3. A Panoramic View of American History Marker
begins 1st foundry. Production of world-famous Meneely*bells followed. U.S. Government "Watervliet Arsenal, " (1813). Oldest continually-operating arsenal and sole manufacturing facility for large-caliber cannon in the U.S. Erie Canal Weighlock Station - Just above sidecut for the canal to the Hudson. Designed to weigh cargo-carrying boats in order to collect tolls.
5. Green Island
5a. Fort Plant - Henry Ford, Harvey Firestone, Thomas a. Edison and naturalist John Burroughts camped here in 1919. Ford then bought 150 acres, built a hydro plant at the dam and a giant Ford radiator plant, demolished 2004.
5b. Gilbert* Car Works - Manufacturer of horse coaches, railroad coaches and gun carriages. (Near old Ford plant).
5c. Second Branch (sprout) of Mohawk - Flows west of Van Schaick* Island and between Van Schaick Island and Green Island. The first Branch was filled during the construction of I-787th during the 1960s.
6. Helderberg Escarpment - Rises up between Albany County and the Schoharie Valley.
7. The Silicon Vally of the 19th Century: Birthplace of the American Industrial Revolution Within this valley lies the confluence of the Hudson and Mohawk Rivers and their tributaries, which carved huge cataracts over the millennia. These enabled early settlers to run machinery by harnessing the power of the falling water, building prosperity while
A Panoramic View of American History Marker - LEFT image. Click for full size.
By Howard C. Ohlhous, April 17, 2008
4. A Panoramic View of American History Marker - LEFT
using the cutting-edge technology of the times. The abundance of waterways speeded the transportation of raw materials to the factories here, and finished goods to places like New York City, The area in this viewshed has been the birthplace of many industries of world-wide importance.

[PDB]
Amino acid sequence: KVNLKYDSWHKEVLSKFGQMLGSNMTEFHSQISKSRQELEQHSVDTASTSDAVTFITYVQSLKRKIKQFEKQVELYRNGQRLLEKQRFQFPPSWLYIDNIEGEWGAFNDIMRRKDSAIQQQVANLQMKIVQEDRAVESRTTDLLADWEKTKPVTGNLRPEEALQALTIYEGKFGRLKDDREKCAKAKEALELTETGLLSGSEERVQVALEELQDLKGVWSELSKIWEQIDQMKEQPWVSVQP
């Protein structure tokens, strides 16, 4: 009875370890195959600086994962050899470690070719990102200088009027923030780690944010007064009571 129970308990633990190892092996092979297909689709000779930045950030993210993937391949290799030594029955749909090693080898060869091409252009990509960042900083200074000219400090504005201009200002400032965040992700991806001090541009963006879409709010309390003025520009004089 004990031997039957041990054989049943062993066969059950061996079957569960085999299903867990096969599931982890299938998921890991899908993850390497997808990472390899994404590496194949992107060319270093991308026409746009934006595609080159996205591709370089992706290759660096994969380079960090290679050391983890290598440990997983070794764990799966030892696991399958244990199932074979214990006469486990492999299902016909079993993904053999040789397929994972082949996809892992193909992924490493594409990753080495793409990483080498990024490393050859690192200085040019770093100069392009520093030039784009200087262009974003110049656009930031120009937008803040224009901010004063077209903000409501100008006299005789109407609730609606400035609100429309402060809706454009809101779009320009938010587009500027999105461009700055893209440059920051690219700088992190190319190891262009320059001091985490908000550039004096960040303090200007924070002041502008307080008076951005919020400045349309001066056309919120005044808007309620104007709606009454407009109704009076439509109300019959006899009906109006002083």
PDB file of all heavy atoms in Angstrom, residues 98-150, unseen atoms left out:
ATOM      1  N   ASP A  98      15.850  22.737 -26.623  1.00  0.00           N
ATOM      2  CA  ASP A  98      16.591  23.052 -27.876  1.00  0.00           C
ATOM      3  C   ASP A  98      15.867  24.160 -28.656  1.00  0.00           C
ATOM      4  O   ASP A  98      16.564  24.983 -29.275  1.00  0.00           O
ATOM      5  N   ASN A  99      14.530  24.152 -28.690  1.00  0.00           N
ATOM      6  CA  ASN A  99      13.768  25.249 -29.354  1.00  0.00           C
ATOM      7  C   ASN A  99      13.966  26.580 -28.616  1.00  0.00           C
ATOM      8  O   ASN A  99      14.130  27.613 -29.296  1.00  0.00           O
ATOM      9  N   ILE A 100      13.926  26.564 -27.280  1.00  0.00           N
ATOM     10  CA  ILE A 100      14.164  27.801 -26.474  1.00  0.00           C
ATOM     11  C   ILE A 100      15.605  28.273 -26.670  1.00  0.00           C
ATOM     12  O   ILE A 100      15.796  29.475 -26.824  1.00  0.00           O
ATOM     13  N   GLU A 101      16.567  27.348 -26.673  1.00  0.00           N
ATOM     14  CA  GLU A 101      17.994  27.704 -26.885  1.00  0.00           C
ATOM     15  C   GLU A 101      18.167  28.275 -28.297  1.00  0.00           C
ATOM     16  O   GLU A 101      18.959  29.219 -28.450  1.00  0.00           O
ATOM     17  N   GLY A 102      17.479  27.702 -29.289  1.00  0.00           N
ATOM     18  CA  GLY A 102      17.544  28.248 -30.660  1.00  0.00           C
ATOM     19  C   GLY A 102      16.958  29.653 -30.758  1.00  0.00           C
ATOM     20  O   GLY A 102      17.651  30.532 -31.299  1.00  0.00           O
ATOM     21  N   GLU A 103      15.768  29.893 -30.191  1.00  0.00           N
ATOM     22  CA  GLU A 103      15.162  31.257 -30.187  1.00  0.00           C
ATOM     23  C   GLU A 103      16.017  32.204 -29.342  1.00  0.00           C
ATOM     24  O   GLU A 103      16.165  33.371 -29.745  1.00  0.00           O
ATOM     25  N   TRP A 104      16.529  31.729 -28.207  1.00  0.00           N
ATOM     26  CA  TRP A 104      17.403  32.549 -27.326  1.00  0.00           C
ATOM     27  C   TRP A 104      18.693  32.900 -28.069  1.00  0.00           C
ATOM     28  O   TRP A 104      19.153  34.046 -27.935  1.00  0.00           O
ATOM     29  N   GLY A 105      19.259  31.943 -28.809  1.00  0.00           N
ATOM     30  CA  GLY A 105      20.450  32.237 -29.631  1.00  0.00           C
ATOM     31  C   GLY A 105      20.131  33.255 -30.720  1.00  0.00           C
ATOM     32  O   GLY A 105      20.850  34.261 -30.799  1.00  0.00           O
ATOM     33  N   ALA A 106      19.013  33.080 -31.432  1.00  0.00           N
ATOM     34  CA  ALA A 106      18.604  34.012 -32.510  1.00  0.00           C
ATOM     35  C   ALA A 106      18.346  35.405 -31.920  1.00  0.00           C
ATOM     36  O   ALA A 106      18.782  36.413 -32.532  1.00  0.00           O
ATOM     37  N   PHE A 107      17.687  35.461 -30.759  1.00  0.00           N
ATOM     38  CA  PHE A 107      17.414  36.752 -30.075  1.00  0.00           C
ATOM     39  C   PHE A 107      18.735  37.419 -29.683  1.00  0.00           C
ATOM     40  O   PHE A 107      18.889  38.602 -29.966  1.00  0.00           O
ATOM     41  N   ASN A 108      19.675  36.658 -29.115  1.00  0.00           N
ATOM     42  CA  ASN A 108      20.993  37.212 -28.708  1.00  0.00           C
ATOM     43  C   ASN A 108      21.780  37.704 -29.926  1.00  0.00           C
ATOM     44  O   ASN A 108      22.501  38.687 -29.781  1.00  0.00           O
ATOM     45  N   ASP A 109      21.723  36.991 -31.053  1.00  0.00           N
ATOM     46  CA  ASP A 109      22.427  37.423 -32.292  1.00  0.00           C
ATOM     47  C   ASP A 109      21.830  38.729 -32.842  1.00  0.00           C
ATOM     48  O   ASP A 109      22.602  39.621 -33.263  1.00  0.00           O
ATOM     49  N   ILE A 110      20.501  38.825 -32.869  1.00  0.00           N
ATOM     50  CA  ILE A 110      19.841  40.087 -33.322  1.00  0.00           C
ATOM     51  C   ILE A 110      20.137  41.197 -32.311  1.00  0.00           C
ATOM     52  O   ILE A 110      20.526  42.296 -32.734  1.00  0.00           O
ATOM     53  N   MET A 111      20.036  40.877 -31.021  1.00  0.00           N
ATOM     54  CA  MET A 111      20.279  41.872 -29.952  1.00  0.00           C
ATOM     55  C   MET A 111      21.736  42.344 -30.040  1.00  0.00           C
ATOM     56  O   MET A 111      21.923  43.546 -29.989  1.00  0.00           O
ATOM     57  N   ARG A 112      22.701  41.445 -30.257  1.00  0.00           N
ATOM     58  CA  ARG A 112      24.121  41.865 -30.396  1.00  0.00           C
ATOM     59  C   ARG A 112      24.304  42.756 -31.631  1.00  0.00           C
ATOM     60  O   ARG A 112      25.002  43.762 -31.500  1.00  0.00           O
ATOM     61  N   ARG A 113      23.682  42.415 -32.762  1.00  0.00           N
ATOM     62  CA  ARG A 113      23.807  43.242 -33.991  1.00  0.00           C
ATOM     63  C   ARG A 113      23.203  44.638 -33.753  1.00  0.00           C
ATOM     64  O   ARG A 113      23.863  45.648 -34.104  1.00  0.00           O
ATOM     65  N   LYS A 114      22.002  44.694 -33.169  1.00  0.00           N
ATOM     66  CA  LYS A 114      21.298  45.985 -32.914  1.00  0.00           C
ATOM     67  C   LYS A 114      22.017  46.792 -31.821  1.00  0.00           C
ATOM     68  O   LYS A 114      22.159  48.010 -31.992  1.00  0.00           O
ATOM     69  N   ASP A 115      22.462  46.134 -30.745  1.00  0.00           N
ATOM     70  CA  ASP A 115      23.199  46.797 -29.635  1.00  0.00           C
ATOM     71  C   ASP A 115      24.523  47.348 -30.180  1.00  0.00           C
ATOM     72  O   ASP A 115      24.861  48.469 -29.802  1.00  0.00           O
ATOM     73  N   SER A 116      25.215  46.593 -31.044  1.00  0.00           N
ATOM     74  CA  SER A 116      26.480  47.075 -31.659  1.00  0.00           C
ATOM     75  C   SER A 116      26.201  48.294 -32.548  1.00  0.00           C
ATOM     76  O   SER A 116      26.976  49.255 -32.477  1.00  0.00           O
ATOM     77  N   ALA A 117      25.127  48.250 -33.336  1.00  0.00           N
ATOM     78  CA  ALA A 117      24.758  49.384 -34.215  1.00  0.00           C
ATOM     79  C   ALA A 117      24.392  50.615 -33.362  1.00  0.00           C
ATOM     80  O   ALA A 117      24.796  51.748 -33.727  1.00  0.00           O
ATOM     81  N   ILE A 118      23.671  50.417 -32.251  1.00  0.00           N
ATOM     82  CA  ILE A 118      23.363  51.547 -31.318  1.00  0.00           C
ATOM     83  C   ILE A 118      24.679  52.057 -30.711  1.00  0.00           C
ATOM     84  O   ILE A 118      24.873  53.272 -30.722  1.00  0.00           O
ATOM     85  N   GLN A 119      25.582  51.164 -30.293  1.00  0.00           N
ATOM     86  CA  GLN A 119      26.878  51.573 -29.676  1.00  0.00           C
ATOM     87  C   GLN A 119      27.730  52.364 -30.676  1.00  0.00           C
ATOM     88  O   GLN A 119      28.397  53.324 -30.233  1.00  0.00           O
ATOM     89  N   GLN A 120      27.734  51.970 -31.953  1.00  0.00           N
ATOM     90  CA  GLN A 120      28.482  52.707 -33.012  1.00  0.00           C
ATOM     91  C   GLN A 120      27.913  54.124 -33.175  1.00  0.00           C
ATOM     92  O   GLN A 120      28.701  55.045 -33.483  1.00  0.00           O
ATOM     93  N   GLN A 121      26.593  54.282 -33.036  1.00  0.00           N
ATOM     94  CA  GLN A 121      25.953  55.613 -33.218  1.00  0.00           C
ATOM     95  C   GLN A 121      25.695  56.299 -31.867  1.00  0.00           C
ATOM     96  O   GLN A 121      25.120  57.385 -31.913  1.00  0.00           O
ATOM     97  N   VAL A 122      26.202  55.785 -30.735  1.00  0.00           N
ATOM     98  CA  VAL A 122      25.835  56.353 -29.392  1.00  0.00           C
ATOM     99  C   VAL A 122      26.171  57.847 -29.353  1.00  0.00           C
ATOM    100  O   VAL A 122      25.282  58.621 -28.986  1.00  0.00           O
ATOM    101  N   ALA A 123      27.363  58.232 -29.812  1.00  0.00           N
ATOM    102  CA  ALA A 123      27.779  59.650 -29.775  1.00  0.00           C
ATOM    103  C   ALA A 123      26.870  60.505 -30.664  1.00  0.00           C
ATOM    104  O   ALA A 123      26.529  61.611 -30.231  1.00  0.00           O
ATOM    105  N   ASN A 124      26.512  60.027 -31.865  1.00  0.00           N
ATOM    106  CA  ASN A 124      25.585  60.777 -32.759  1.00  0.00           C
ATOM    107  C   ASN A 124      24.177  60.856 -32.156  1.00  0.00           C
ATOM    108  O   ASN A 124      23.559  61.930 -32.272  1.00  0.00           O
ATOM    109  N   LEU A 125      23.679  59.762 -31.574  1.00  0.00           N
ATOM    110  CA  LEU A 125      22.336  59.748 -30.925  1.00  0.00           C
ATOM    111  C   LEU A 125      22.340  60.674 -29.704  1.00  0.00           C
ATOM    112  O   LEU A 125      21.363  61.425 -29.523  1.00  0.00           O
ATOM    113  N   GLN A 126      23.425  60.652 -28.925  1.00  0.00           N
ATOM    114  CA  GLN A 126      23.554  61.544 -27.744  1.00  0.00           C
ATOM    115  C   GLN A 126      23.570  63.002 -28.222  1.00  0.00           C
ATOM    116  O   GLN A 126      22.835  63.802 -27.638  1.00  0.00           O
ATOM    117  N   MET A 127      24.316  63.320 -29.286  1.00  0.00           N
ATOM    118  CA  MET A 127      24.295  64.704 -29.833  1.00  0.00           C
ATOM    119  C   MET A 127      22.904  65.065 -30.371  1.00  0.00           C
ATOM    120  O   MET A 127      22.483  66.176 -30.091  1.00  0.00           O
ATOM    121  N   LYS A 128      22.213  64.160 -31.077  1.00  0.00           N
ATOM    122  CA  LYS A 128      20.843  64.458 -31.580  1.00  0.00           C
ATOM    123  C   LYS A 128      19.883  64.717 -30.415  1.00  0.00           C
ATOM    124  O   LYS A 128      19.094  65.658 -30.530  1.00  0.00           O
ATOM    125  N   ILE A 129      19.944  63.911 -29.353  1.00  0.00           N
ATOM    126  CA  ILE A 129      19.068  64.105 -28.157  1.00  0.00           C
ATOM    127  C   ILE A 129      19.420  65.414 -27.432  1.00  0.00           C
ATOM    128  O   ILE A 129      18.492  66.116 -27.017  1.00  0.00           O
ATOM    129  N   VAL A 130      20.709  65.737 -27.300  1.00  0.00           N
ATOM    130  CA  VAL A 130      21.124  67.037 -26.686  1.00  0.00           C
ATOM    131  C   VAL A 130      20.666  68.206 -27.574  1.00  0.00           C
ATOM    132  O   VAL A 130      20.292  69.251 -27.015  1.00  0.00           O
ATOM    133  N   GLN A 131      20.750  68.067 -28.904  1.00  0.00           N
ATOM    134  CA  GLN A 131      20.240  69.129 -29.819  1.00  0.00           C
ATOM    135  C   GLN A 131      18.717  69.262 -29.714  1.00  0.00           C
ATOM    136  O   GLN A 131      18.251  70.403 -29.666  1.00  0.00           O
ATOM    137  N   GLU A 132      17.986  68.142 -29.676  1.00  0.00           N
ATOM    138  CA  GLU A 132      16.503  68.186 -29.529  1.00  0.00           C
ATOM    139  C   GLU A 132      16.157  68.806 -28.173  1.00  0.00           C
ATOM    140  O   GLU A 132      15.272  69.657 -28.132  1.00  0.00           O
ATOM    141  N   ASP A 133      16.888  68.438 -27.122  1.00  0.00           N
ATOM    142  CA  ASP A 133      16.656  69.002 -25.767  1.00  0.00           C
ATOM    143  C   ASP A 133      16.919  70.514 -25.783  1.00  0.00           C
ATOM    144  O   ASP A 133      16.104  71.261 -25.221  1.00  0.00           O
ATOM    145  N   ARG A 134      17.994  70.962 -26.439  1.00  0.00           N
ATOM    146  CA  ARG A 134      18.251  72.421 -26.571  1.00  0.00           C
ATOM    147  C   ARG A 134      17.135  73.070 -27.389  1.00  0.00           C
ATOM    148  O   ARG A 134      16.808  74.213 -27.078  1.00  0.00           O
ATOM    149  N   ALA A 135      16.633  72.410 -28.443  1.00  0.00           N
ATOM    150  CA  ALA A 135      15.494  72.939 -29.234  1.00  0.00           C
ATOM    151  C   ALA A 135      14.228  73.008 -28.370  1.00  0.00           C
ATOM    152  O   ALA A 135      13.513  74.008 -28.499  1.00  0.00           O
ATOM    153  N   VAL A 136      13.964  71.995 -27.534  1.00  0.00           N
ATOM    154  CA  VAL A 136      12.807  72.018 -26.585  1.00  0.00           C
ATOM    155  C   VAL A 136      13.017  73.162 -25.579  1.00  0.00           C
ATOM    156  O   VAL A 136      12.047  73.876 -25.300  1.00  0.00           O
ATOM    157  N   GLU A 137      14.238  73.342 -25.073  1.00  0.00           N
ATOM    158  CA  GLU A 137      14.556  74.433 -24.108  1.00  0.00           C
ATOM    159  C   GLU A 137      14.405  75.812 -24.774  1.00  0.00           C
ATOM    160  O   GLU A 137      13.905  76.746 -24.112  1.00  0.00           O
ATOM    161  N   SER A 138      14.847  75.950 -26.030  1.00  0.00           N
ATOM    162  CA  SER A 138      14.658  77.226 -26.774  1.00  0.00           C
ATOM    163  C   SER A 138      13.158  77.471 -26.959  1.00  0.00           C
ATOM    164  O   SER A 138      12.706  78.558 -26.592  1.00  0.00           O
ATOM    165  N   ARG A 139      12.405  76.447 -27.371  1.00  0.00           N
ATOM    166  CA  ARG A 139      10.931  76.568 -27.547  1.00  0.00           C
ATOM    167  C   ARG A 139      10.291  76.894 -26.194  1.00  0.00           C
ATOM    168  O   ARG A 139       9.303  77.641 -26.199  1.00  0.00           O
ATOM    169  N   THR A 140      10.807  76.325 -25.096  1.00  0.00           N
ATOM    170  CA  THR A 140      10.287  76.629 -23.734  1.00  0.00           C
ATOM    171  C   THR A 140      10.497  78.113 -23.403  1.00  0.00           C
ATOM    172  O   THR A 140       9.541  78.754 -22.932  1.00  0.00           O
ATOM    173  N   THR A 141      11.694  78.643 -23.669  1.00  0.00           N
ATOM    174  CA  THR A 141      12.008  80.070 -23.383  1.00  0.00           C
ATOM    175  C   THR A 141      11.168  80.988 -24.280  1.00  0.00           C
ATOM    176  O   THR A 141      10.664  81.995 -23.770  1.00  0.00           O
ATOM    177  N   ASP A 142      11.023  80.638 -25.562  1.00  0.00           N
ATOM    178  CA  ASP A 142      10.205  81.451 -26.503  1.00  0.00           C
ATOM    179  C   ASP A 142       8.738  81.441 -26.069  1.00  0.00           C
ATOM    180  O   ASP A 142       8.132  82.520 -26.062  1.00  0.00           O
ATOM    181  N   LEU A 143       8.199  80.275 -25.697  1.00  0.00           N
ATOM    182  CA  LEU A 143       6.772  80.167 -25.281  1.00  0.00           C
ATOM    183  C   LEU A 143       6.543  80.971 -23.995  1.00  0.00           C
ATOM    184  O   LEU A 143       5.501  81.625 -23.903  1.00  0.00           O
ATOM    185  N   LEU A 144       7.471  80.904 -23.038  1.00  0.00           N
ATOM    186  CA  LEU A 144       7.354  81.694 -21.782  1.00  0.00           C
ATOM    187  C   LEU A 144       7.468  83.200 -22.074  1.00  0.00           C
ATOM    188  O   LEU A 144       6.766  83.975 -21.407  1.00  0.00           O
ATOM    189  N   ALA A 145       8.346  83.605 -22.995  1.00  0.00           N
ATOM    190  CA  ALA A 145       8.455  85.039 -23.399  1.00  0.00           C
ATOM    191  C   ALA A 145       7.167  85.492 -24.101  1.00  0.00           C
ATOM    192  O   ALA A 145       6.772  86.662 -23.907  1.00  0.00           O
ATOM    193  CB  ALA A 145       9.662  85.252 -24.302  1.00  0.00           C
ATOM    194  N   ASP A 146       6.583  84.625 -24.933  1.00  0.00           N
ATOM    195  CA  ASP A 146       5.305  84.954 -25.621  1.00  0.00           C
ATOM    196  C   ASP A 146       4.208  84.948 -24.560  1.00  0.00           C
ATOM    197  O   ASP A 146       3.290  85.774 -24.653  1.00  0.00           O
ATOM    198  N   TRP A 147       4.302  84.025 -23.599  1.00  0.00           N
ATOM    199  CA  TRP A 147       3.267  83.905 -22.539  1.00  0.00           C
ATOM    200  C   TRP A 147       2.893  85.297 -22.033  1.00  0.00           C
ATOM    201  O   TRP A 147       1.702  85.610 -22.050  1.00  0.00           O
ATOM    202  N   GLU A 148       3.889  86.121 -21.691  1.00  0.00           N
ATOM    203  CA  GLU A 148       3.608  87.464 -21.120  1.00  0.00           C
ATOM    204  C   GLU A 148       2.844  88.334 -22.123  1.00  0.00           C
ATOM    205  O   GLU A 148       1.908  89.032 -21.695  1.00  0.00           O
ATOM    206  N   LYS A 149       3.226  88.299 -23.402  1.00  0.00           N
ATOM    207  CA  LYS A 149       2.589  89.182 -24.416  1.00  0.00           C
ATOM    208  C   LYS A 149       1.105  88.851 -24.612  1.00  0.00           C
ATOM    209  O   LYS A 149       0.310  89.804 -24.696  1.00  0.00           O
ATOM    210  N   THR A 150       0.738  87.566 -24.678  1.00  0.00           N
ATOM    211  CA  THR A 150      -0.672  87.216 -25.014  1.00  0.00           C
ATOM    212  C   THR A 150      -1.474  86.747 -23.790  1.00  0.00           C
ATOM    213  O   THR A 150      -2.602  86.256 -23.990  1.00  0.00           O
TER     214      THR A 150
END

8. Erie Canal - "Gateway to the West." One of the first openings cut through the Appalachian Mountain chain, the canal facilitated emigration to western NYS, the Great Lakes and beyond. Geology study and survey undertaken by RPI found Amos Eaton*. Engineering and construction oversight by Canvass White. Approximately 360 miles long, the canal, connecting Albany to Lackawanna, was completed in 1825. Sometimes referred to as "Clinton's Ditch, " for its staunch supporter, Governor Dewitt Clinton. 8a. Juncta. - Site of the first junction of the Champlain Canal and the Erie Canal in 1823, about which grew the City of Cohoes.
8b. There were 19 Locks in Cohoes to get around the Cohoes Falls, Some of water was diverted to industrial "power canals."
9. Cohoes
9a. Van Schaick* Mansion - Built in 1755 on what became Van Schaick Island. From August 11 -25th, 1777, the mansion served as the headquarters of the Northern Army for the States in the Revolution. Here, the decisive Battle of Saratoga was planned while the army was camped on the grounds. George Washington visited
A Panoramic View of American History Marker - Center image. Click for full size.
By Howard C. Ohlhous, April 17, 2008
5. A Panoramic View of American History Marker - Center
here. The property is now owned by the DAR. 9b. Cohoes Music Hall - Opened as an opera house in 1874, but closed within a few decades. The stage remained empty for about 75 years. Restored in 1974, the hall functions as a dynamic community theater. The building also houses the "Cohoes RiverSpark Heritage Area Visitor Center."